Considering we have just entered Winter here in Brisbane, some days I just have to pinch myself; Winter in the sub-tropics does not compare to the chilly months I was used to in Adelaide nor the freezing months and months endured in the UK. And just to prove it, last Sunday was a glorious sunny 24 °C. By the end of this week we’ll be seeing 27 °C but that’s beside the point.
I decided to take my camera for a walk in Brisbane Botanic Gardens at Mount Coot-tha. Although it was early, the car park was already chockers but parking carma was on my side and a free space was waiting for me.
A couple of Saturdays previously, I had joined the Brisbane Photography Group for a casual meet up in Roma Street Parkland. The topic was taking shots at different angles but the lovely facilitator, Evelyn, was only too happy to have a one-on-one with me to ‘sort my focussing out’. And all I have to do now is practise and that was my priority last Sunday. So without further ado, here’s the pick of my faves. My number one is the water droplets on the leaf. How is my focus doing?
I’ve recently returned from a three-week trip back to the mother country. It’s been two years since my last trip and that was for when Dad was awarded his MBE and, by special invitation, we made the journey to Buckingham Palace. Here’s a little reminder of that (sorry for the poor quality of the photo – it was taken through the picture frame)
I spent the majority of my three weeks staying in Suffolk with mum and dad. We did quite a lot of walking – in bluebell woods, coppice woods, along an old railway line – now a walking track and along the river to see a bevy of swans. During the middle week, Mum and Dad accompanied me on a road trip to Somerset – home to cider, cheddar cheese and the Glastonbury Music Festival. This part of the country was my home for eighteen years.
Mum and Dad moved down to Somerset after my brother died and I followed suit not long after. We felt a sense of connection to the happy times we’d all spent down there on our family holidays.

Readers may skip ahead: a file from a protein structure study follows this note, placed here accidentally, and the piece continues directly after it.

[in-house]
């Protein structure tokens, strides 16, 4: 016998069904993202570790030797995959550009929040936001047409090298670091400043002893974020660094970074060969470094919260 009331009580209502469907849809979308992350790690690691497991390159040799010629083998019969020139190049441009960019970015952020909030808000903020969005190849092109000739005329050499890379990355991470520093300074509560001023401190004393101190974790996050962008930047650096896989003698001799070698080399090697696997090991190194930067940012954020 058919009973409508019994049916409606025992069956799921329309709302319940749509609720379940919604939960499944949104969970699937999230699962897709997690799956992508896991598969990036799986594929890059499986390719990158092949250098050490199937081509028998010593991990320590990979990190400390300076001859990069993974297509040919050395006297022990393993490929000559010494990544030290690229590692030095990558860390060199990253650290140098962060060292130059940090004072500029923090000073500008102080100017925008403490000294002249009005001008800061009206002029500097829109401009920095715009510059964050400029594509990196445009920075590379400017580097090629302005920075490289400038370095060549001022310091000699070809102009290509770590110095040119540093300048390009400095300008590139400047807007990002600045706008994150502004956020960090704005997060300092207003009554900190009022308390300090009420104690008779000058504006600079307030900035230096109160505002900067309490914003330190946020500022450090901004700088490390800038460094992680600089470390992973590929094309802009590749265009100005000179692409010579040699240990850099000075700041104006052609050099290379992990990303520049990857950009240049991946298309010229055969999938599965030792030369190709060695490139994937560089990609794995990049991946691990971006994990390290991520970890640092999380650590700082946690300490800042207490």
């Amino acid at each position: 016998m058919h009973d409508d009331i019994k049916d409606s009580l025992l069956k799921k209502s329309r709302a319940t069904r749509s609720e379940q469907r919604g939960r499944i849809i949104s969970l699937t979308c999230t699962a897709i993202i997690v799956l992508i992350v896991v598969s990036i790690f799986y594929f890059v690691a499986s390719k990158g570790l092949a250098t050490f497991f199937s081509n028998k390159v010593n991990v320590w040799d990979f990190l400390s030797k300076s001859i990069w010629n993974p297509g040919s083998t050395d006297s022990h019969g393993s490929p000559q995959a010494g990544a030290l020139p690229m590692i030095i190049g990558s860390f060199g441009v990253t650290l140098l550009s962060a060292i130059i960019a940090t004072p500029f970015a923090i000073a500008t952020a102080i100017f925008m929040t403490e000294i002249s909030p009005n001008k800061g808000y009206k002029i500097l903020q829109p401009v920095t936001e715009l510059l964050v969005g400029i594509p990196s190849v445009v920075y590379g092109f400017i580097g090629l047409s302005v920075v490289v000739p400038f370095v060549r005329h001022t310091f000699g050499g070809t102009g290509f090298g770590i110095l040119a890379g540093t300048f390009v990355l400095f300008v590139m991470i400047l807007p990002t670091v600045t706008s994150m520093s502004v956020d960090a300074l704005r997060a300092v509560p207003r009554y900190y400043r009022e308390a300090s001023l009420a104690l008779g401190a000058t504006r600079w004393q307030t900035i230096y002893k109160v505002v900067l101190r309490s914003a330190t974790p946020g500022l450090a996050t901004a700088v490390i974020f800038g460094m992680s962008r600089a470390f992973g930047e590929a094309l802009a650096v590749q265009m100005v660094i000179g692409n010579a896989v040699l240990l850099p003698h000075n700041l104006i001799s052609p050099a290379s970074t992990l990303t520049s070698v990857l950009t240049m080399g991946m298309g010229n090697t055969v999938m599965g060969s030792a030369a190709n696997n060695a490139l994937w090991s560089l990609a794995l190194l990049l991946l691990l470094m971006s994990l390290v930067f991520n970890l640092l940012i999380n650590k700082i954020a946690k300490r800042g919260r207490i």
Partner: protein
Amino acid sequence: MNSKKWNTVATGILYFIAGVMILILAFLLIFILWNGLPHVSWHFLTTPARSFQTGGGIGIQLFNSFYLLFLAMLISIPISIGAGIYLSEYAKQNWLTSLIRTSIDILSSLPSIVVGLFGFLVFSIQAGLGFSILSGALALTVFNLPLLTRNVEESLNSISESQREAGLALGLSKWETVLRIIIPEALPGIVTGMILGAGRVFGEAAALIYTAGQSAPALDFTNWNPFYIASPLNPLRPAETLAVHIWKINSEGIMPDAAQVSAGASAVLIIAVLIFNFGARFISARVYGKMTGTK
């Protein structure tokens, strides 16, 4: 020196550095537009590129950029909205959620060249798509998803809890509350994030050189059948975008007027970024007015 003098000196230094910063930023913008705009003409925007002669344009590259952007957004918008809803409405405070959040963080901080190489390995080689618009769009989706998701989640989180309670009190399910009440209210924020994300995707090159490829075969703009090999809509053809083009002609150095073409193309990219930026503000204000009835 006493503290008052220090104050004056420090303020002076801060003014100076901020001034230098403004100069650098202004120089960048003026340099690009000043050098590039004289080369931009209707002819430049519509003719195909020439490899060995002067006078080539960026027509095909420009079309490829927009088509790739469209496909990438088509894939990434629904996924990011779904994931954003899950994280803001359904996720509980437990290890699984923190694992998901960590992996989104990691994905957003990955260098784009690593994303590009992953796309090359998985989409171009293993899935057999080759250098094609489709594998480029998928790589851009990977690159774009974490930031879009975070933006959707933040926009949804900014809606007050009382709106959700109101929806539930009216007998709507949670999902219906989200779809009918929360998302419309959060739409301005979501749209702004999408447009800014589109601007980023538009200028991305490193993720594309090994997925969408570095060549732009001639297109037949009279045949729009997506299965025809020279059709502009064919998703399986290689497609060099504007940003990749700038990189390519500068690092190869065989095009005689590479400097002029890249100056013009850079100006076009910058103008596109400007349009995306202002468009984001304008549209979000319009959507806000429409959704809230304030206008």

We lived on the Quantock Hills – designated in 1956 as an Area of Outstanding Natural Beauty and comprising ancient woodland, heath and agricultural land. Our cottage was just a little further up the lane from Alfoxton House where poet William Wordsworth and his sister Dorothy lived for a short time. Another claim to fame for the Quantocks is that Bryan Adams filmed the video for (Everything I do) I Do It for You, there.
Our family holidays were spent on Exmoor, a National Park of moorlands, valleys and woodland; of red deer and Exmoor ponies and clotted cream teas. Of Minehead, an old shabby seaside town with its pier and amusements, and “Kiss Me Quick” hats and candy floss. As kids we played in the not so crystal clear waters at the beach and lost our pocket money to the one-armed-bandits in the amusement arcade on the pier – Ah! the memories!
And so it seemed fitting that my brother’s ashes were scattered at our special place on Exmoor (no, not Minehead pier!) I hadn’t visited our special place for some time and felt the need to go. It was a damp day but as we parked up just below Dunkery Beacon and donned our wet-weather gear, the rain stopped and the sun tried hard to break through the clouds – Paul was watching over us for sure.
It’s been 34 years since Paul died and our special place has not changed at all in that time. It gives me a sense of calm and peace. It’s a wonderful place to reflect and to remember. I draw comfort knowing it will remain that way for ever and a day and that when I next visit, it will still be untouched and will remain timeless.
My weekly dip into The Life of B’s square photo challenge led me to post this photograph of a driveway gate made of large pencils! Shot at a residence at Sunshine Beach near Noosa, Queensland, I love this quirky spiky idea for a gate.
First of all, some of you may not know what ‘hump day’ is so by way of an explainer, it’s a Wednesday, the halfway point of a typical working week.
I thought I’d let you into a little funny incident that took place in the gym a couple of weeks ago. Those of you who have been following this Wombat for a while will know that I am a gym junkie. Actually, I have no idea what qualifies a gym junkie but I go four to five times a week which I think is pretty good. The reason why I can do this often is that the gym is only a two-minute walk from my office and I have programmed myself to walk towards the gym rather than towards the station at the end of each day. The gym is right in the city centre and everyone is really friendly (staff and members alike). We smile encouragement to each other and work through our routines relatively uninterrupted. At this stage, I will point out that this gym does not have a Tasman Rower you’ll be pleased to know!